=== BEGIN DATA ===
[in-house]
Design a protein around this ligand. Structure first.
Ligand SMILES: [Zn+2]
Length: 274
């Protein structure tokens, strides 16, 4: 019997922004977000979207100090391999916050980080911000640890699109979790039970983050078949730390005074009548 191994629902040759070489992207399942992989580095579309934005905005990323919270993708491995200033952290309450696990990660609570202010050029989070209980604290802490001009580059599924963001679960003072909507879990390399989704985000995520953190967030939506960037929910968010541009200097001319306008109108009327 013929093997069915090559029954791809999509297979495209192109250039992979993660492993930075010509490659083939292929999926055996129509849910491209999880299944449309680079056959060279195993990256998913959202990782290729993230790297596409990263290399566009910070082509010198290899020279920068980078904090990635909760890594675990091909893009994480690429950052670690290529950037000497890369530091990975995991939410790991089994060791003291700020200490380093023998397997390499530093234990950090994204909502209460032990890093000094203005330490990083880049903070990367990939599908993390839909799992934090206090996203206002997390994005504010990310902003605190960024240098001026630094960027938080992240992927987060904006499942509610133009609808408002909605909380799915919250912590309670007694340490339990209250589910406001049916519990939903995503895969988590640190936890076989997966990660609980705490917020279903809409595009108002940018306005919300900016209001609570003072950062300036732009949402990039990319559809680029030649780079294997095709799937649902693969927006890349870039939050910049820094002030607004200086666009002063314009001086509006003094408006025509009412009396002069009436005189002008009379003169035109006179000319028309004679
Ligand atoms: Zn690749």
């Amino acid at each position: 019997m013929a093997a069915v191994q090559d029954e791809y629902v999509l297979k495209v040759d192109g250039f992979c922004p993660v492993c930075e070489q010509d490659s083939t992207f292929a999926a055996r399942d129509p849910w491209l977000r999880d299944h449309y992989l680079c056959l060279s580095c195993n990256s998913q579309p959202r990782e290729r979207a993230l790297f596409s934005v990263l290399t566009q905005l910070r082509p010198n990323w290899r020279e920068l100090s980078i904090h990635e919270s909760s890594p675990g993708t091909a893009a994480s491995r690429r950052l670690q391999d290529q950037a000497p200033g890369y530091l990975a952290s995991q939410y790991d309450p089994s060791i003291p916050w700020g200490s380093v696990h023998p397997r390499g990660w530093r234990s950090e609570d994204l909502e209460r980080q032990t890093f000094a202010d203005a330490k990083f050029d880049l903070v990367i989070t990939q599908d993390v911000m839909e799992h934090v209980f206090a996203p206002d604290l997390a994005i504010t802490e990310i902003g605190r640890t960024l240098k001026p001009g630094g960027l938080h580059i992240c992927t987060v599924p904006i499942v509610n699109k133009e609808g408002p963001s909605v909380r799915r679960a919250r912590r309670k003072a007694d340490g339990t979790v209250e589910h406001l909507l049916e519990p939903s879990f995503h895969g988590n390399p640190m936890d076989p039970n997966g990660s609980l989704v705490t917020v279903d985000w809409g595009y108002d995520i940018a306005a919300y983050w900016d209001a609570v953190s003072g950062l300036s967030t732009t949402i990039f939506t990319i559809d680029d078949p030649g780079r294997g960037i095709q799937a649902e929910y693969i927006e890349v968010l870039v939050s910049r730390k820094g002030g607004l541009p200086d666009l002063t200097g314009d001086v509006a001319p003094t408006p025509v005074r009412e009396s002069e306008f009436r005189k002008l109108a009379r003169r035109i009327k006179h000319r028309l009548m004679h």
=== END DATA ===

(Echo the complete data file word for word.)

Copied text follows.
[in-house]
Design a protein around this ligand. Structure first.
Ligand SMILES: [Zn+2]
Length: 274
């Protein structure tokens, strides 16, 4: 019997922004977000979207100090391999916050980080911000640890699109979790039970983050078949730390005074009548 191994629902040759070489992207399942992989580095579309934005905005990323919270993708491995200033952290309450696990990660609570202010050029989070209980604290802490001009580059599924963001679960003072909507879990390399989704985000995520953190967030939506960037929910968010541009200097001319306008109108009327 013929093997069915090559029954791809999509297979495209192109250039992979993660492993930075010509490659083939292929999926055996129509849910491209999880299944449309680079056959060279195993990256998913959202990782290729993230790297596409990263290399566009910070082509010198290899020279920068980078904090990635909760890594675990091909893009994480690429950052670690290529950037000497890369530091990975995991939410790991089994060791003291700020200490380093023998397997390499530093234990950090994204909502209460032990890093000094203005330490990083880049903070990367990939599908993390839909799992934090206090996203206002997390994005504010990310902003605190960024240098001026630094960027938080992240992927987060904006499942509610133009609808408002909605909380799915919250912590309670007694340490339990209250589910406001049916519990939903995503895969988590640190936890076989997966990660609980705490917020279903809409595009108002940018306005919300900016209001609570003072950062300036732009949402990039990319559809680029030649780079294997095709799937649902693969927006890349870039939050910049820094002030607004200086666009002063314009001086509006003094408006025509009412009396002069009436005189002008009379003169035109006179000319028309004679
Ligand atoms: Zn690749």
């Amino acid at each position: 019997m013929a093997a069915v191994q090559d029954e791809y629902v999509l297979k495209v040759d192109g250039f992979c922004p993660v492993c930075e070489q010509d490659s083939t992207f292929a999926a055996r399942d129509p849910w491209l977000r999880d299944h449309y992989l680079c056959l060279s580095c195993n990256s998913q579309p959202r990782e290729r979207a993230l790297f596409s934005v990263l290399t566009q905005l910070r082509p010198n990323w290899r020279e920068l100090s980078i904090h990635e919270s909760s890594p675990g993708t091909a893009a994480s491995r690429r950052l670690q391999d290529q950037a000497p200033g890369y530091l990975a952290s995991q939410y790991d309450p089994s060791i003291p916050w700020g200490s380093v696990h023998p397997r390499g990660w530093r234990s950090e609570d994204l909502e209460r980080q032990t890093f000094a202010d203005a330490k990083f050029d880049l903070v990367i989070t990939q599908d993390v911000m839909e799992h934090v209980f206090a996203p206002d604290l997390a994005i504010t802490e990310i902003g605190r640890t960024l240098k001026p001009g630094g960027l938080h580059i992240c992927t987060v599924p904006i499942v509610n699109k133009e609808g408002p963001s909605v909380r799915r679960a919250r912590r309670k003072a007694d340490g339990t979790v209250e589910h406001l909507l049916e519990p939903s879990f995503h895969g988590n390399p640190m936890d076989p039970n997966g990660s609980l989704v705490t917020v279903d985000w809409g595009y108002d995520i940018a306005a919300y983050w900016d209001a609570v953190s003072g950062l300036s967030t732009t949402i990039f939506t990319i559809d680029d078949p030649g780079r294997g960037i095709q799937a649902e929910y693969i927006e890349v968010l870039v939050s910049r730390k820094g002030g607004l541009p200086d666009l002063t200097g314009d001086v509006a001319p003094t408006p025509v005074r009412e009396s002069e306008f009436r005189k002008l109108a009379r003169r035109i009327k006179h000319r028309l009548m004679h």